She noted that, "unlike their working-class counterparts, middle-class parents explicitly encourage children to feel comfortable asking for help from teachers and also deliberately coach children on the language and strategies to use in making these requests."

As a result, middle-class children came to school better equipped to secure the support that they needed to complete their assignments quickly and correctly and also appeared more engaged in the learning process.

Ms. Calarco said that while teachers don't mean to favor some children over others, they tend to be more responsive to middle-class children's help-seeking styles, giving those who ask for help more attention and support in the classroom and also seeing them as more proactive learners.

The ASR study concludes that inequalities in education are not just the product of differences in the resources that families and schools provide for children; they also reflect differences in the resources that children can secure for themselves in the classroom.

Penn Nursing's Autism Research Tops in TIME

TIME magazine has named Penn Nursing's pioneering research on autism and low birthweight one of the "Top 10 New Findings in Parenting" of 2011. In October, Penn Nursing Professor Jennifer Pinto-Martin, and colleagues reported in Pediatrics that premature infants are five times more likely to have autism than children born at normal weight.

The children, some born as small as about a pound, were followed for 21 years, making this study one of the most remarkable of its kind. The infants were born between September 1984 and July 1987 in Middlesex, Monmouth, and Ocean counties in New Jersey at birthweights from 500 grams to 2000 grams or a maximum of about 4.4 pounds.

"As survival of the smallest and most immature babies improves, impaired survivors represent an increasing public health challenge," wrote Dr. Pinto-Martin, who directs the Center for Autism and Developmental Disabilities Research and Epidemiology at Penn Nursing. "Emerging studies suggest that low birthweight may be a risk factor for autism spectrum disorders."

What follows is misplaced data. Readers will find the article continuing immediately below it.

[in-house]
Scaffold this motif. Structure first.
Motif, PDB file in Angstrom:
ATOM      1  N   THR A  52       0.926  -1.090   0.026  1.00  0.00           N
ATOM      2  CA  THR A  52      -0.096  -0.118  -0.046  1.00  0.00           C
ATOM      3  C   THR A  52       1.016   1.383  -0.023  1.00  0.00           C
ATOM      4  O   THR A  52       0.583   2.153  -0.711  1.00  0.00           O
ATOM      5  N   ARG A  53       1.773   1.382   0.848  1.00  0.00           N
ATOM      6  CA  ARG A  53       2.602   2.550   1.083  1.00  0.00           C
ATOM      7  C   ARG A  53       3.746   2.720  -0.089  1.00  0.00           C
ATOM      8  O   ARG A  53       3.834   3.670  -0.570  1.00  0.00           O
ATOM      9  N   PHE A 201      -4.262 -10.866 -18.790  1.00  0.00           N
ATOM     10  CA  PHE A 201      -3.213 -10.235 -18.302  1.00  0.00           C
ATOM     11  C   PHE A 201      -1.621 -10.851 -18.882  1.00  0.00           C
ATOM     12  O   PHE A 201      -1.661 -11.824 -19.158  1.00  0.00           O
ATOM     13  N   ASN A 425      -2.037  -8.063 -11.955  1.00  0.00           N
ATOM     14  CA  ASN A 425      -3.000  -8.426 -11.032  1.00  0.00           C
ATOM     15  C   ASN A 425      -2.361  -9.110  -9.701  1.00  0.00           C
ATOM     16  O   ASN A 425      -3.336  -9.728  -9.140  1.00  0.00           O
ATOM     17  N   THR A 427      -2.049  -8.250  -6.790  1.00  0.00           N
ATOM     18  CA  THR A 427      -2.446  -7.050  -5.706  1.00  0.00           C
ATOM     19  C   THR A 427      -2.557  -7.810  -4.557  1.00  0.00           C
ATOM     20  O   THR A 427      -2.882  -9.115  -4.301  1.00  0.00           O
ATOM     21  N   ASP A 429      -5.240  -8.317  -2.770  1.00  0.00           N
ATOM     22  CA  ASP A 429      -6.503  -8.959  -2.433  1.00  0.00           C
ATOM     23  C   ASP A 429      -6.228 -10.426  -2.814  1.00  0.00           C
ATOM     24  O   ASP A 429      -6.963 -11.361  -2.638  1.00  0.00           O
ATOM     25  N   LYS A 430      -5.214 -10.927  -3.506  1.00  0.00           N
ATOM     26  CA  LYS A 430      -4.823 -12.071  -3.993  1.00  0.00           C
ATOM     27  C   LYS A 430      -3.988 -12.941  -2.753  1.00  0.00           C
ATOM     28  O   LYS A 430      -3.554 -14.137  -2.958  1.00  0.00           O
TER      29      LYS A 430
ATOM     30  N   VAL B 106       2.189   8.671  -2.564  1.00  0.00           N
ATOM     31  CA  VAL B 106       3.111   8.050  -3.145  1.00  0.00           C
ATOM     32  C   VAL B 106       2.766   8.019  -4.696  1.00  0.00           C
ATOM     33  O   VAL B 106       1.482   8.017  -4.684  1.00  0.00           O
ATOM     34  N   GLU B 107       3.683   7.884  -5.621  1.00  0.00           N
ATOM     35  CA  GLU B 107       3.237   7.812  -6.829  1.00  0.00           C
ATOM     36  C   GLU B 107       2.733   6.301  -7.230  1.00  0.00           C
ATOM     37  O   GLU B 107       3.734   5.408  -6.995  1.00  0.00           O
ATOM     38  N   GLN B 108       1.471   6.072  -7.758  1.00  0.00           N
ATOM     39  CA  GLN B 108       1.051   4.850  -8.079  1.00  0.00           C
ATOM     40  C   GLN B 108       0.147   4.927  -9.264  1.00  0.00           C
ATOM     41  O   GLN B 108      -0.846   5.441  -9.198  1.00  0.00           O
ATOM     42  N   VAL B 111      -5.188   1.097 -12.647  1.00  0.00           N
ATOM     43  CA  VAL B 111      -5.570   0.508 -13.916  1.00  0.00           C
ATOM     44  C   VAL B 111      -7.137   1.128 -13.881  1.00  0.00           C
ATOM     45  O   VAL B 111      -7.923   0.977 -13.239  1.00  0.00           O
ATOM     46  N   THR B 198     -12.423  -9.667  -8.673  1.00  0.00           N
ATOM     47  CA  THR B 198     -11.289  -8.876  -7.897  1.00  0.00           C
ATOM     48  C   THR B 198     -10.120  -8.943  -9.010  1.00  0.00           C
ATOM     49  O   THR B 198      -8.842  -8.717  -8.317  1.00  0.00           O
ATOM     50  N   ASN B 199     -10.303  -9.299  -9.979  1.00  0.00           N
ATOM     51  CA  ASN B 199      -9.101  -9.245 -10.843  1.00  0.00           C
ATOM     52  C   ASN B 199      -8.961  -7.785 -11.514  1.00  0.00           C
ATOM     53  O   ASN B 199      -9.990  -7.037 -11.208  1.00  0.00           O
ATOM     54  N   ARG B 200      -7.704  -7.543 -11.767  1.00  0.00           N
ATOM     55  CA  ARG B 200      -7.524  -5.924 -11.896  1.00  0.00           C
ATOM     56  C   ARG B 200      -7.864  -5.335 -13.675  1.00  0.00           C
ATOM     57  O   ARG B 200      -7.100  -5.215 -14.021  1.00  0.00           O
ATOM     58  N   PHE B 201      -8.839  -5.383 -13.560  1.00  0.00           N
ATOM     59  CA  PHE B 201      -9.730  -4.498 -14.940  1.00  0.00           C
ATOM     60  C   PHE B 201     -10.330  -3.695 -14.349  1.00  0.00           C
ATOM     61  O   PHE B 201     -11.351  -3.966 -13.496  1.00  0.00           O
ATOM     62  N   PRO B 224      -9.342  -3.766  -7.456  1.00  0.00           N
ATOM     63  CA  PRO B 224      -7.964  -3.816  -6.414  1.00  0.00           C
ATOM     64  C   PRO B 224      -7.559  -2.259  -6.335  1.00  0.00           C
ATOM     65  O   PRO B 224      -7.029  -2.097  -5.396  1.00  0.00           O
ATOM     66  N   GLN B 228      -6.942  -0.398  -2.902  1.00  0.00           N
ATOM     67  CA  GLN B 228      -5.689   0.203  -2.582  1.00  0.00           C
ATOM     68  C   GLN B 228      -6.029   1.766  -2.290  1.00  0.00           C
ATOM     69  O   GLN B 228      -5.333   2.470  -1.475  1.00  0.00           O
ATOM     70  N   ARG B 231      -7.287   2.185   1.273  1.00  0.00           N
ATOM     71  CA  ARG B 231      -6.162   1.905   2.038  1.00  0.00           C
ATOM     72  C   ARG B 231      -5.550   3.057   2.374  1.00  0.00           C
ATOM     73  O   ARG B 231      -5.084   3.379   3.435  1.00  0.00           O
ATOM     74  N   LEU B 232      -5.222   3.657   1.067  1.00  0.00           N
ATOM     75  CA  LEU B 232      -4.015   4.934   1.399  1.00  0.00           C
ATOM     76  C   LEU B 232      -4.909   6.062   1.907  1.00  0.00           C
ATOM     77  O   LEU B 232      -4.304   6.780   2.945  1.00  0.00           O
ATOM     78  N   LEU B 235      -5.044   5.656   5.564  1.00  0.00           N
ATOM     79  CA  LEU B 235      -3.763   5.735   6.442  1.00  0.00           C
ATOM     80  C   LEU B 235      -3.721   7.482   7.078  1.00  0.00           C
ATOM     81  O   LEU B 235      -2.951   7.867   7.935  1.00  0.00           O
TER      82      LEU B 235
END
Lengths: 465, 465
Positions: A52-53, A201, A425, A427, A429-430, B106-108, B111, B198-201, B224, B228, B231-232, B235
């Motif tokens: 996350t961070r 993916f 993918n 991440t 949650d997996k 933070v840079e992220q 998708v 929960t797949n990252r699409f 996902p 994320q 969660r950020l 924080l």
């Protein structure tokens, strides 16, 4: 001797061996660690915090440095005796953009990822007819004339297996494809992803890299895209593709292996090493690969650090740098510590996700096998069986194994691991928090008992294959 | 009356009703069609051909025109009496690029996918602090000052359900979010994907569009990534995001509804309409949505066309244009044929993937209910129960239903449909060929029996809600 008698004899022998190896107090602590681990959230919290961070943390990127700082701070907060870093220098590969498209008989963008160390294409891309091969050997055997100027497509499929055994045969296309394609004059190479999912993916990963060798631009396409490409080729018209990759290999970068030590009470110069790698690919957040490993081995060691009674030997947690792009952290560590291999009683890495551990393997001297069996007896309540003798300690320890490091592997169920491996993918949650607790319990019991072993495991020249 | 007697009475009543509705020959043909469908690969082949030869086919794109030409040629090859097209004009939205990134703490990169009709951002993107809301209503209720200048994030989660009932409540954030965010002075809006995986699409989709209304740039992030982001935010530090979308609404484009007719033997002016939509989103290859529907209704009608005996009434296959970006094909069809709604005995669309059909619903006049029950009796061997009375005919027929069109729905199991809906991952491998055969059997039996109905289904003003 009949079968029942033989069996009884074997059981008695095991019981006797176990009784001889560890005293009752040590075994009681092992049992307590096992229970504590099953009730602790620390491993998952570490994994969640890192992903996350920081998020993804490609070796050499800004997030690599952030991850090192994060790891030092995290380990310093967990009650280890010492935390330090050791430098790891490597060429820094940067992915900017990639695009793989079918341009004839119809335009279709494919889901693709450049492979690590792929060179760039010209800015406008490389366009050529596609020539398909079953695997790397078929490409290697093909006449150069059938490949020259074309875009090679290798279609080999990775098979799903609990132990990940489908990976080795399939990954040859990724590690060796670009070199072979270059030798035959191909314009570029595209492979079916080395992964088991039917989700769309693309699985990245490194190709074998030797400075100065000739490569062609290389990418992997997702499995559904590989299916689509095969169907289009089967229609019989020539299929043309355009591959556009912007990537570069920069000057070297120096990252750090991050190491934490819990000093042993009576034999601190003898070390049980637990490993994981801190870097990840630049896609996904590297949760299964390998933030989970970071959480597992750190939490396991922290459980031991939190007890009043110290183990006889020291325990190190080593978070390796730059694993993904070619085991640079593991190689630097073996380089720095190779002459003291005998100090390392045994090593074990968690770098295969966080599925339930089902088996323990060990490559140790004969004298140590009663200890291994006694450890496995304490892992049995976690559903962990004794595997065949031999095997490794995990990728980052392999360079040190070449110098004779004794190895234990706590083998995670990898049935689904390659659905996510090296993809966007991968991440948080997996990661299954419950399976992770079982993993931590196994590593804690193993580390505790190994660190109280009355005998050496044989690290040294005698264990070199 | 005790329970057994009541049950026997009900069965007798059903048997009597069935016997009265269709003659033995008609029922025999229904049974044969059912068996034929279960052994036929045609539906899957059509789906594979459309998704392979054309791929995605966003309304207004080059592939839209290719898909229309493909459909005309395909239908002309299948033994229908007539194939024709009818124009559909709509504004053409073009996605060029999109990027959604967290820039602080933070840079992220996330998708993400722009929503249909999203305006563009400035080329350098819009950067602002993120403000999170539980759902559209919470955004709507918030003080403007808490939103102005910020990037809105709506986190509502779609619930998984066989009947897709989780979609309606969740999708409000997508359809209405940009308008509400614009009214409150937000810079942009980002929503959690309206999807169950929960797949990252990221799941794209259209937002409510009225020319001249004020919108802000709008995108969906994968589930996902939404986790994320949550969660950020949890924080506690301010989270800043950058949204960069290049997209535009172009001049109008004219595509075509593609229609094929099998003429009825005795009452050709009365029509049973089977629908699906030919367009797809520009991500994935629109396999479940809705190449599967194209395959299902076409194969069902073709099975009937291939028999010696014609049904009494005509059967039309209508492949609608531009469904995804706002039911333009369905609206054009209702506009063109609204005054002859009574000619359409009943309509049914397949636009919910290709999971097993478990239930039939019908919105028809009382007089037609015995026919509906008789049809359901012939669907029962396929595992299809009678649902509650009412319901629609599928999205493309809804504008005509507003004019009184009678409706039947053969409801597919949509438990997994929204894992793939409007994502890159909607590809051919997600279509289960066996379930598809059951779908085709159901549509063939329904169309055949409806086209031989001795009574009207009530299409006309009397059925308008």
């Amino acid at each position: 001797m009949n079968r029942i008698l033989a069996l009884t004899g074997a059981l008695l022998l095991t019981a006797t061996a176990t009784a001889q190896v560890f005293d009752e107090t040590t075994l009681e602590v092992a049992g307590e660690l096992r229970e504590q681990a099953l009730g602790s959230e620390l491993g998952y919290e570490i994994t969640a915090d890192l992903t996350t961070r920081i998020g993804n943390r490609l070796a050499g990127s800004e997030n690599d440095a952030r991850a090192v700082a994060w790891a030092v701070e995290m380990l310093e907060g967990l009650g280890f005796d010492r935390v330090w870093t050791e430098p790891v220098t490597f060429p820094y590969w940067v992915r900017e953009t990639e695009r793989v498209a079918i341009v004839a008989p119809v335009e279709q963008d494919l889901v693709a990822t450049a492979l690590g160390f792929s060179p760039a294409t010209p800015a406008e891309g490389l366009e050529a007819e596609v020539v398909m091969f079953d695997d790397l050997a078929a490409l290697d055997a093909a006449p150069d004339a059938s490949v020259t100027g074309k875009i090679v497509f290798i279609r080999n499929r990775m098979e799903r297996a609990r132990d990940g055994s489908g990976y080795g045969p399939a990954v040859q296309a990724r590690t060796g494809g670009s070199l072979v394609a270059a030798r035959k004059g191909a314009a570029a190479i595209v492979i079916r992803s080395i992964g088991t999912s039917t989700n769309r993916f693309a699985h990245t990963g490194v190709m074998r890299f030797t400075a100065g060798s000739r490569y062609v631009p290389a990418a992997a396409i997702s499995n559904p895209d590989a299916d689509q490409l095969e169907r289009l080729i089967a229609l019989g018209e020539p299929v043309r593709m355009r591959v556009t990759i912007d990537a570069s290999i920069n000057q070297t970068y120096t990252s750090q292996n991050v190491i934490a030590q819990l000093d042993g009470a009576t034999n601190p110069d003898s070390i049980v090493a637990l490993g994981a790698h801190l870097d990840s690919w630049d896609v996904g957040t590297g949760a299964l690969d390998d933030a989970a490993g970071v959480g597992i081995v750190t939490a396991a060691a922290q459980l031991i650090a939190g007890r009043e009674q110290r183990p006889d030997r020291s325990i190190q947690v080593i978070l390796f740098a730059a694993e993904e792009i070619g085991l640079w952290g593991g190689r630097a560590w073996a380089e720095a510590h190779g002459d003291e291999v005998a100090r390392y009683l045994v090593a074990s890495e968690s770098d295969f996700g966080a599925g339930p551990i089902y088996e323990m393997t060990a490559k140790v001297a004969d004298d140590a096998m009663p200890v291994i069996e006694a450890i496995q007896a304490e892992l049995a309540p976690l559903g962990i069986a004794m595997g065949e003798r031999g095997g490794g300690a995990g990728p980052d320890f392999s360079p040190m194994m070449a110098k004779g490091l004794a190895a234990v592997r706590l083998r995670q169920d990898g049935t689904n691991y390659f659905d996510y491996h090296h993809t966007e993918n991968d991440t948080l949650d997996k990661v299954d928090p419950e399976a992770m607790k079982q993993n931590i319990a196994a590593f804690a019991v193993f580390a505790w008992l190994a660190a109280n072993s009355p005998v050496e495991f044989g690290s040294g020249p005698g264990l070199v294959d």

Links between low birthweight and a range of motor and cognitive problems have been well-established for some time, but this is the first study to prove that these children are also at increased risk for autism spectrum disorders (ASD).

The researchers, including a team at The Children's Hospital of Philadelphia, followed 862 children from birth to young adulthood finding that five percent of the children were diagnosed with autism, compared to one percent of the general population.

Shopper's Channel Usage

About three-quarters (76%) of all purchases still occur at bricks and mortar stores, according to "Understanding the Multi-Channel Shopper," a new survey-based study by the Jay H. Baker Retailing Center at the Wharton School of the University of Pennsylvania and the Verde Group. While the web, catalogs, and mobile phones generate just 22%, 1.4%, and 0.6%, respectively, of all purchases, these channels are important in the shopping process, for example to browse for items and research prices.

The study also identified four types of shoppers, based on their channel usage: the Tech-Savvy Multi-Channel Shopper, the Discerning Online Shopper, the Experiential Bricks and Mortar Shopper, and the Retailer-Loyalist Multi-Channel Shopper.

"In spite of all the attention on online shopping, 76% of purchases are still made offline. This is a great opportunity for retailers to differentiate themselves through a unique in-store experience," said Barbara Kahn, Patty and Jay H. Baker Professor, and director of the Jay H. Baker Retailing Center at the Wharton School. "Retailers with well-designed omni-channel strategies should do better because they reach all four segments."

"This study reminds retailers that when designing and delivering channel experiences; 'know thy customer' remains the critical principle," said Paula Courtney, President of the Verde Group. "Different channels attract different types of customers who demand experiences that are specific to their needs and preferences."

Key findings of the study are available in the News Releases section of Wharton's website, www.wharton.upenn.edu/news/news-releases.cfm

Almanac - December 20, 2011, Volume 58, No. 16